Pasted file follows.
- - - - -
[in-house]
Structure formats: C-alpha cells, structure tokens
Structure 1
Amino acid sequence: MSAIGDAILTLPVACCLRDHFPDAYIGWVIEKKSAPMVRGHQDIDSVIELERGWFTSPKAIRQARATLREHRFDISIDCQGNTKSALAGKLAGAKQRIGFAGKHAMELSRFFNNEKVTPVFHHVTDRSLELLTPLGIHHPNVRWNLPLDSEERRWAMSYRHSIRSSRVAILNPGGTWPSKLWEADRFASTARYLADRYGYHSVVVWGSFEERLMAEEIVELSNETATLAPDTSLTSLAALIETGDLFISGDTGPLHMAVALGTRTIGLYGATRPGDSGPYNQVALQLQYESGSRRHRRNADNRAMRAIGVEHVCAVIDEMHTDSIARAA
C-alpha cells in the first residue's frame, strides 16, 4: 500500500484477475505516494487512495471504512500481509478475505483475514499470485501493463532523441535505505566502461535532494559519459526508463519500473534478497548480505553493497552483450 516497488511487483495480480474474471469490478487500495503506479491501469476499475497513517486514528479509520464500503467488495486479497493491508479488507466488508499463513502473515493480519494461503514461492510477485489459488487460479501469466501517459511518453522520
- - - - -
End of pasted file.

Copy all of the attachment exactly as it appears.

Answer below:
[in-house]
Structure formats: C-alpha cells, structure tokens
Structure 1
Amino acid sequence: MSAIGDAILTLPVACCLRDHFPDAYIGWVIEKKSAPMVRGHQDIDSVIELERGWFTSPKAIRQARATLREHRFDISIDCQGNTKSALAGKLAGAKQRIGFAGKHAMELSRFFNNEKVTPVFHHVTDRSLELLTPLGIHHPNVRWNLPLDSEERRWAMSYRHSIRSSRVAILNPGGTWPSKLWEADRFASTARYLADRYGYHSVVVWGSFEERLMAEEIVELSNETATLAPDTSLTSLAALIETGDLFISGDTGPLHMAVALGTRTIGLYGATRPGDSGPYNQVALQLQYESGSRRHRRNADNRAMRAIGVEHVCAVIDEMHTDSIARAA
C-alpha cells in the first residue's frame, strides 16, 4: 500500500484477475505516494487512495471504512500481509478475505483475514499470485501493463532523441535505505566502461535532494559519459526508463519500473534478497548480505553493497552483450 516497488511487483495480480474474471469490478487500495503506479491501469476499475497513517486514528479509520464500503467488495486479497493491508479488507466488508499463513502473515493480519494461503514461492510477485489459488487460479501469466501517459511518453522520